May We Scatter Ashes of Our Loved Ones?
In The Southern Cross of October 25, 2017, there was an article on “Catholic funerals: Some practical advice”. What the article did not say is when, or when not, ashes are allowed to be scattered anywhere, other than in a garden of remembrance. I have heard that ashes may be scattered or buried only within a certain radius of the church. Is this so? Sharon Vorster
We Catholics can so easily forget that we are a more tightly knit community than we think. The Church asks us to be particularly mindful of this when a loved one dies.
That loved one remains within the community of the faithful. Their mortal remains, physical body or ashes, should be interred in a place that we all know, such as an established cemetery or designated garden of remembrance.
The internment is accompanied by the inspiring words of the liturgy, which put into simple language how we are all one in the Risen Christ. We share the same baptism and sacraments, we live in him, through him and with him. Just as he rose from the grave, we too shall rise, as he promised.
Church Doesn’t Approve of Scattering Ashes
For this reason, the remains of a Christian person are holy. They should logically be preserved in a holy place that has been set aside and blessed in expectation of the Resurrection.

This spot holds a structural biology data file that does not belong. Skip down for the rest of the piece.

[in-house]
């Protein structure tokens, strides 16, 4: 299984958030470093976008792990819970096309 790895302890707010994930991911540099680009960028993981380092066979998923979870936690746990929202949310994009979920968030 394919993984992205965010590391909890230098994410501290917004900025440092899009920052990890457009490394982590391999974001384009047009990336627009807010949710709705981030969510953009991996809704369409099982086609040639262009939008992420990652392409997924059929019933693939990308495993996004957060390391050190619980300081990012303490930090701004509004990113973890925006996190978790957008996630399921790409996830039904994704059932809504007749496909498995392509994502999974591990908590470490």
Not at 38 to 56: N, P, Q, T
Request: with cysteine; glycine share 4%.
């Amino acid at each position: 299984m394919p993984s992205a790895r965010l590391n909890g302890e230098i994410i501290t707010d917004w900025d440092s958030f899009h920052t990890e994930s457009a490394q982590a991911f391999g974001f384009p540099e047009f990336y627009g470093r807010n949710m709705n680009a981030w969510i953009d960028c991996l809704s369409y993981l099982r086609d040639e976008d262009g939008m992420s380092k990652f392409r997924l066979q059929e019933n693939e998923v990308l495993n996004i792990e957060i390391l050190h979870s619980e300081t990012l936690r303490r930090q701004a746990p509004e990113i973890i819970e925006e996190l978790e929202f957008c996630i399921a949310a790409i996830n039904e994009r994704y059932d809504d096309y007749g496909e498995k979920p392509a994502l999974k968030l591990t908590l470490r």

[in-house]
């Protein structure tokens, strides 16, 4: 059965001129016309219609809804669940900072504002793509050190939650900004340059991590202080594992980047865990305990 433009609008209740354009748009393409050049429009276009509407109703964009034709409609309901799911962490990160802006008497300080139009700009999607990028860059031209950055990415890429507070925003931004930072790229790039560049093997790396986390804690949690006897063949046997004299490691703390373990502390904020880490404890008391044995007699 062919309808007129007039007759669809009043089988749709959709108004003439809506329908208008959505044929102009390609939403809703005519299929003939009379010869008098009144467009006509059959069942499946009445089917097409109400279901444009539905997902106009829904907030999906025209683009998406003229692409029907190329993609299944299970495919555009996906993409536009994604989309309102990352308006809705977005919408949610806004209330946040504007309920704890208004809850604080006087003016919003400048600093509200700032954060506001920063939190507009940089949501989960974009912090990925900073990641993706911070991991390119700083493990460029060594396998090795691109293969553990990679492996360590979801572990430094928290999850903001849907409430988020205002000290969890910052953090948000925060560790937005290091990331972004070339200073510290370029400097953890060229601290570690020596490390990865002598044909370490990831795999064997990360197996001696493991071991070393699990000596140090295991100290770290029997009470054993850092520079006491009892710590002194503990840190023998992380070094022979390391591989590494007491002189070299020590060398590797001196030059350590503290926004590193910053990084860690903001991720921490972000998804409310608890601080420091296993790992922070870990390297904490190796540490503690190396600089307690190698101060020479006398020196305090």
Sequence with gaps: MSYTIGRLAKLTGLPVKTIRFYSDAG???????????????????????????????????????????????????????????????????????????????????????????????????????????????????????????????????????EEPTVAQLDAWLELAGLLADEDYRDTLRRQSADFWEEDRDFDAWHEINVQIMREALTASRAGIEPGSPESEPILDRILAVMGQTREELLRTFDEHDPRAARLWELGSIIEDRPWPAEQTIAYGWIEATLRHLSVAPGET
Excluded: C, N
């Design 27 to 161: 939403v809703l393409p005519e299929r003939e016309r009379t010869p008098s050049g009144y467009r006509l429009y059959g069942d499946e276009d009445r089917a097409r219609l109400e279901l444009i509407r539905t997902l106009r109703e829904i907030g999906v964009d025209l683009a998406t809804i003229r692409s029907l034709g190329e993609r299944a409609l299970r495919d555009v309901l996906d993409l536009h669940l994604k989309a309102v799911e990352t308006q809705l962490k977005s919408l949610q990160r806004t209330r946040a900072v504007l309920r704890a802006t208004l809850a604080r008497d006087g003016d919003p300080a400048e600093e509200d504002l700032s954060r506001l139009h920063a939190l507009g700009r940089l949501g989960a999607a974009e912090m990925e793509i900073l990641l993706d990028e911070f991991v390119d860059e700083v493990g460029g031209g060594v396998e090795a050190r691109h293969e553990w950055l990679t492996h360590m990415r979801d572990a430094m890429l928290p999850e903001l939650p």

A minister of the Church conducts the service and carefully records the deceased’s personal details in the parish register for future generations to know. Often, a plaque or similar commemorative tablet is placed in the area.
Scattering the ashes of a cremated Christian is not uncommon. Families and friends find sentimental reasons for consigning the ashes around a particular spot that was important in the life of the deceased.
The Church does not condemn this but neither does she regard it as a fitting way to treat the remains of a member of her community.
In August 2016 the Congregation for the Doctrine of the Faith sent out an instruction called Ad resurgendum cum Christo (Rising with Christ), which in part said:
“The reservation of the ashes of the departed in a sacred place ensures that they are not excluded from the prayers and remembrance of their family or the Christian community. It prevents the faithful departed from being forgotten, or their remains from being shown a lack of respect, which eventuality is possible, most especially once the immediately subsequent generation has also passed away.”
Sometimes, when people want to know about their ancestry from way back, they search census records and Church registers. It can be a comfort for them to find that the remains of someone they seek in their family tree are interred in a cemetery or sacred place, and not forgotten.